But the bright blue skies on the drive in this morning are all I'm really thinking about yet.  They recall the trip we took to Vancouver this past extended weekend, and some of the photos I took and thoughts I recorded...

The Sky Reflected 
The pane reflects the color of sky so well
The window might not really be there at all.
The building, rising straight and tall at this seawall edge of the city,
Is only silver frames and sky-filled holes.
There is no wall. 
I am, for a moment, a bird slicing through air,
Destined to sail over, around, and between.
I cut the taut current of air, diving at a silver-framed sky-hole
Only to veer away from sky back to broad sky.
I am not fooled. 
But I am mesmerized by how well this tall
Stolidness muses the cloud-wheeling dancing
azure around it, descriptive in its distillation and yet quite
Poor in its clutched appropriation of the
Sky reflected. 
     - written September, 2016, Vancouver, B.C.

Today's full playlist (all songs by Sigur Rós):

  • Ísjaki
  • Hvalir Í Útrymingarhaettu
  • Bláprádur
  • Samskeyti (Live)

Thursday, September 1, 2016

Within me a lunatic sings - song/poem fiction

Thursday is dark and very slightly raining.  For whatever reason this week has been impossible to keep straight.  Every day has been a multiplicity of weekdays.  Yesterday, for example, was constantly both Wednesday and Thursday, and today already feels like it must be both Thursday and Friday.

It happened again this morning, that the titles of the songs which randomly popped up on my phone during my short commute to the campus assembled themselves into something approaching poetry:
Another brick in the wall, then came the morning.
I'll do the driving while within me a lunatic sings*,
"Turn to stone, kangaroo court!"
*[Within me a lunatic sings is the English translation of the song title, Inní mér syngur vitleysingur.]
I didn't see that until I started to record this morning's soundtrack.  Hmmm... I'll bet with a little license I could create a short narrative:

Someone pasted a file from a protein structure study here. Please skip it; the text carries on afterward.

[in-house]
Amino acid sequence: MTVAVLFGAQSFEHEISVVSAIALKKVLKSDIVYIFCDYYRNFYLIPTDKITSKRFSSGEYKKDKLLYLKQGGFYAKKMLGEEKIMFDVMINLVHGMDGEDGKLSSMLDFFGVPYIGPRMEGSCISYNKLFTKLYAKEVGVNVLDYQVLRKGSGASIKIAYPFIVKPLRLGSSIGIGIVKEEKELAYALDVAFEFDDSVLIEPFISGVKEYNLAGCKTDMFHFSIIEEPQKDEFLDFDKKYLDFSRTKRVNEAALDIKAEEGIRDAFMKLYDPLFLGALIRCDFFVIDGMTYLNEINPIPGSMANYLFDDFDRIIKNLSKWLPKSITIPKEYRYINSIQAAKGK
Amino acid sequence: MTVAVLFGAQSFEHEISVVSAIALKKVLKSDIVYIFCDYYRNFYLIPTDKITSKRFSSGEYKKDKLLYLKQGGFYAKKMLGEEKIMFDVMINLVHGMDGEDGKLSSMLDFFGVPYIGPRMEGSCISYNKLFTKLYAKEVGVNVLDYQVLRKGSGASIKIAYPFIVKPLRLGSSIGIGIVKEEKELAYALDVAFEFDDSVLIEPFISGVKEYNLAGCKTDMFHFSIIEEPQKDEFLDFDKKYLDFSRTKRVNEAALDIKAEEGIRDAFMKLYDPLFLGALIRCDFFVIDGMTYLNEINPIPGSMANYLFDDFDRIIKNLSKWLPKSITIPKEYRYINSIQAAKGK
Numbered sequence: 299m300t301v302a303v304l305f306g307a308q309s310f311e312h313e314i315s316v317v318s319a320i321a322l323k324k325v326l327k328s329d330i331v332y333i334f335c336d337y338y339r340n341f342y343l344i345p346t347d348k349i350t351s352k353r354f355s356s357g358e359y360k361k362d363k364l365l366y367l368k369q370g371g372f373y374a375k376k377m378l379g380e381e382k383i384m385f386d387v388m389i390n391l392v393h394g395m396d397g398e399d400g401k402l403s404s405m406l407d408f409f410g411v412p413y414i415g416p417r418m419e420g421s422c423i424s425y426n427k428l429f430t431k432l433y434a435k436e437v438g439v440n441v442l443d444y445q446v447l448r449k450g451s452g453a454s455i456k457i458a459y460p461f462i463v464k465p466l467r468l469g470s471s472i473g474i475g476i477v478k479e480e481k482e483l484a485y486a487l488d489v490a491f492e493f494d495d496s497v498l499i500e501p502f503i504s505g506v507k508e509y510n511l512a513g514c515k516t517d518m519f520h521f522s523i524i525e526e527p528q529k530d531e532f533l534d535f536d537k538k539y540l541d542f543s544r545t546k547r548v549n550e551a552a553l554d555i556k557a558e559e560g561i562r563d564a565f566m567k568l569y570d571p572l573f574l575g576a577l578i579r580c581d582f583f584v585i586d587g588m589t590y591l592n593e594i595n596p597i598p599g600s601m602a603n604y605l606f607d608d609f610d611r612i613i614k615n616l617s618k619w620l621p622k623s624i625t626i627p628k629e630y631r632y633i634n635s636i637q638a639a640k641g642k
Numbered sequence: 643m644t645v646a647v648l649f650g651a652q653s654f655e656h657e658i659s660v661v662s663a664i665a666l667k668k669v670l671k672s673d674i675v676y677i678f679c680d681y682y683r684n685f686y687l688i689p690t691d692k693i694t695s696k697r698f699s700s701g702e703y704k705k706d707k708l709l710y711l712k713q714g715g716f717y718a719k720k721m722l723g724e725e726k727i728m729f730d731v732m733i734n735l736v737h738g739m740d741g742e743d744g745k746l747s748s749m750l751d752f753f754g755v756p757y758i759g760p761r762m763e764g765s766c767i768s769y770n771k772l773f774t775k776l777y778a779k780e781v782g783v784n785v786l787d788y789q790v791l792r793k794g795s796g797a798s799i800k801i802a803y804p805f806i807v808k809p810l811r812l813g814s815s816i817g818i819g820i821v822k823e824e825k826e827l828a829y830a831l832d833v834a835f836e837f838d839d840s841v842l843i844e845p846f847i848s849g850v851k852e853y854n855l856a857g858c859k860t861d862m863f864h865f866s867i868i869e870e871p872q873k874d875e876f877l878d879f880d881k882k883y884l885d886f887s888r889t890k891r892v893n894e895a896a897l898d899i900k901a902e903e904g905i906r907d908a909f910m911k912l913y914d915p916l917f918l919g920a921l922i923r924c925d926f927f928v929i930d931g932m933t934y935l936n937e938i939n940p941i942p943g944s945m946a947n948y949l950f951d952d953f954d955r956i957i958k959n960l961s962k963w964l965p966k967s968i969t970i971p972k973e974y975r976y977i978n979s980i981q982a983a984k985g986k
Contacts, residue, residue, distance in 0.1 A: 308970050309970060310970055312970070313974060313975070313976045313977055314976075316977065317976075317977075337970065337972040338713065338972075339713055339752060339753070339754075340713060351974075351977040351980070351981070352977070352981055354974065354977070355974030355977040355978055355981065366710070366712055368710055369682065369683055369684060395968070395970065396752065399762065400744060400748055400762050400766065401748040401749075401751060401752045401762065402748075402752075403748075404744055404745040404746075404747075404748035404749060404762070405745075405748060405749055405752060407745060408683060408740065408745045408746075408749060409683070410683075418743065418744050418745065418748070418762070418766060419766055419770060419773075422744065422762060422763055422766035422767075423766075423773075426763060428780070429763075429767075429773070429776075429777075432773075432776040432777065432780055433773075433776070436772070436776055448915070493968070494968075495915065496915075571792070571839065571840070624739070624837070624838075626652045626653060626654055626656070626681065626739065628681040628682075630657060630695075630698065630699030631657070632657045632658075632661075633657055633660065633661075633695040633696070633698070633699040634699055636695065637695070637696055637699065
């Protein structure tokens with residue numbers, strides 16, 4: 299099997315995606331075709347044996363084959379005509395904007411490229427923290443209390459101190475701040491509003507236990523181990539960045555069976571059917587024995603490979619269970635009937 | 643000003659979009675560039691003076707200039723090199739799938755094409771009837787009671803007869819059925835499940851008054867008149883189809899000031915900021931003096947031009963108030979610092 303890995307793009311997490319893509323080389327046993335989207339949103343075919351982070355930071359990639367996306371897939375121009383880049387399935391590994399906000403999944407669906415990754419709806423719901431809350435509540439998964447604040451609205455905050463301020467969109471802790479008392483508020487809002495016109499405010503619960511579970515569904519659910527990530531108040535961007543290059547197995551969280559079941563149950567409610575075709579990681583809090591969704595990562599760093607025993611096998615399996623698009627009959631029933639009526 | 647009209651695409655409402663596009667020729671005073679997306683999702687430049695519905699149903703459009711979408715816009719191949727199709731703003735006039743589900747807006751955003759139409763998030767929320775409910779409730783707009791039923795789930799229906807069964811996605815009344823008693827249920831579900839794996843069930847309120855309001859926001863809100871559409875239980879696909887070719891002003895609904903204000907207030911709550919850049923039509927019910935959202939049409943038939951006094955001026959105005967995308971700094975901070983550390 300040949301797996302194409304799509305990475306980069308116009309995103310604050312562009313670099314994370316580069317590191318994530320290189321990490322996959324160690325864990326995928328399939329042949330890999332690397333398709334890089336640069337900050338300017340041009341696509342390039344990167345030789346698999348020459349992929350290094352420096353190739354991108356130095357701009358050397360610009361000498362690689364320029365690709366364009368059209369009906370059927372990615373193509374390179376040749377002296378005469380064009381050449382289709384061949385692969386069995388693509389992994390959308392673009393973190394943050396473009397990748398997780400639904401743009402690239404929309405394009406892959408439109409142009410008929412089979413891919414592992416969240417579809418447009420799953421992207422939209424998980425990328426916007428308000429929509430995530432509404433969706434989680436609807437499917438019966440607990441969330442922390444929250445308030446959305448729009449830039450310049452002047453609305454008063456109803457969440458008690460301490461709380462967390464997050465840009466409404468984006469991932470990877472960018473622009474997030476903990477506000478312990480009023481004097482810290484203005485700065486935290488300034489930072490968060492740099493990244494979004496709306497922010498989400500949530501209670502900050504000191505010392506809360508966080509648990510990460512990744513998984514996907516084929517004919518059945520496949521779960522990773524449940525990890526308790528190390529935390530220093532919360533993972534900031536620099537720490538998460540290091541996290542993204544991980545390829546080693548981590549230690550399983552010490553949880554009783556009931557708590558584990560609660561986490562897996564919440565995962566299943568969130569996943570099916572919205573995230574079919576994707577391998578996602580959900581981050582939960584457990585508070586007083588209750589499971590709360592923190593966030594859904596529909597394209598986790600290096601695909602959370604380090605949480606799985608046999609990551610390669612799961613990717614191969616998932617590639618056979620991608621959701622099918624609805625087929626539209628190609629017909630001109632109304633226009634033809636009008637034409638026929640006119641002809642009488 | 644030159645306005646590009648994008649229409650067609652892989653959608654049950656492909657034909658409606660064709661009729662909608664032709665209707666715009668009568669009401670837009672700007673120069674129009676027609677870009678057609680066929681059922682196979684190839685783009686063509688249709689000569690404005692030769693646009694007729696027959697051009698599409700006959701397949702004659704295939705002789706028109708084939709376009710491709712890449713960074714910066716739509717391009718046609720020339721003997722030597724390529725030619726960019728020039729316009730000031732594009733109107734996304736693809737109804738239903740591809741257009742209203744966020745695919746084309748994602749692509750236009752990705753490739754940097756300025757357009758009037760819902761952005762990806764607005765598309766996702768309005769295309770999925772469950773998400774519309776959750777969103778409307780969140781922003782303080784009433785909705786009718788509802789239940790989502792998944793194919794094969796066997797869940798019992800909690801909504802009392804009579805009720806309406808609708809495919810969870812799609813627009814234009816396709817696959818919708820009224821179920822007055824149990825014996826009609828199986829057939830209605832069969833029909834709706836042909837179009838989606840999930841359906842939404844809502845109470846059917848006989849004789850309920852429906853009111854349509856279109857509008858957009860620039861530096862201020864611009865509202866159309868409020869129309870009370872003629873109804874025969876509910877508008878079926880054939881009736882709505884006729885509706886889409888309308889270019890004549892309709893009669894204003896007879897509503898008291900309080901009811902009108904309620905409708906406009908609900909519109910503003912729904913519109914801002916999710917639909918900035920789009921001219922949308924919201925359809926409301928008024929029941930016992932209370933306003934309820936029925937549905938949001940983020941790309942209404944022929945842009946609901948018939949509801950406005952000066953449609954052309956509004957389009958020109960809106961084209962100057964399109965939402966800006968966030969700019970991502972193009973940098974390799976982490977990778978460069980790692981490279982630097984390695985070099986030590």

Last night I dreamed claustrophobic Poe-esque storylines
All pounding heart and sealing walls
I know I squirmed against invisible bonds of sleep paralysis
As bricks slowly obscured my view
One brick, another brick, then another...

Another brick in the wallthen came the morning at last.
Who wastes their nights in such useless terror?
What else lies hidden in my mind, to creep out when all is at rest?
Inní mér syngur vitleysingur (within me a lunatic sings)
One song, another song, then another...

I leave for work, I think, under my own control
I'll do the driving, but what drives me?
As my own verdict silently and mindfully plays out I turn to stone.
The internal kangaroo court is laughing now
One laugh, another laugh, then another.

Within me a lunatic sings
That certainly wasn't how my night went, thankfully.  And this morning all I noticed was a string of really good tunes that kept me tapping the steering wheel all the way to campus.

Today's full playlist:
  • Another Brick In The Wall, Pink Floyd
  • Then Came The Morning, The Lone Bellow
  • I'll Do the Driving, Fountains Of Wayne
  • Inní mér syngur vitleysingur, Sigur Rós
  • Turn To Stone, Electric Light Orchestra
  • Kangaroo Court, Capital Cities